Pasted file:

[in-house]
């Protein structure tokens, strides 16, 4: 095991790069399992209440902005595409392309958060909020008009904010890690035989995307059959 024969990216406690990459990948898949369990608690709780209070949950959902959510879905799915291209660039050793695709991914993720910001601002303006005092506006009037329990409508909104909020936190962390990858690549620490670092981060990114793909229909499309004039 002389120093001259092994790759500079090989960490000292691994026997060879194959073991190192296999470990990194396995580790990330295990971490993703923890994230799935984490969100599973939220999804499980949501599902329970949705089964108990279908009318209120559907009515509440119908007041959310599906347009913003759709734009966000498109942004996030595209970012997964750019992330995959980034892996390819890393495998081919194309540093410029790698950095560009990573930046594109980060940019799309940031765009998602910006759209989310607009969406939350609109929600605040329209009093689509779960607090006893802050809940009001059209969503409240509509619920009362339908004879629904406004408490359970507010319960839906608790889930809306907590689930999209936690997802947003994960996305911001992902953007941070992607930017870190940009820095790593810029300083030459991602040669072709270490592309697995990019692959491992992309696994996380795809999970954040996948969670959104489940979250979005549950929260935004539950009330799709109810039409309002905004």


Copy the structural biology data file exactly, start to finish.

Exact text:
[in-house]
């Protein structure tokens, strides 16, 4: 095991790069399992209440902005595409392309958060909020008009904010890690035989995307059959 024969990216406690990459990948898949369990608690709780209070949950959902959510879905799915291209660039050793695709991914993720910001601002303006005092506006009037329990409508909104909020936190962390990858690549620490670092981060990114793909229909499309004039 002389120093001259092994790759500079090989960490000292691994026997060879194959073991190192296999470990990194396995580790990330295990971490993703923890994230799935984490969100599973939220999804499980949501599902329970949705089964108990279908009318209120559907009515509440119908007041959310599906347009913003759709734009966000498109942004996030595209970012997964750019992330995959980034892996390819890393495998081919194309540093410029790698950095560009990573930046594109980060940019799309940031765009998602910006759209989310607009969406939350609109929600605040329209009093689509779960607090006893802050809940009001059209969503409240509509619920009362339908004879629904406004408490359970507010319960839906608790889930809306907590689930999209936690997802947003994960996305911001992902953007941070992607930017870190940009820095790593810029300083030459991602040669072709270490592309697995990019692959491992992309696994996380795809999970954040996948969670959104489940979250979005549950929260935004539950009330799709109810039409309002905004």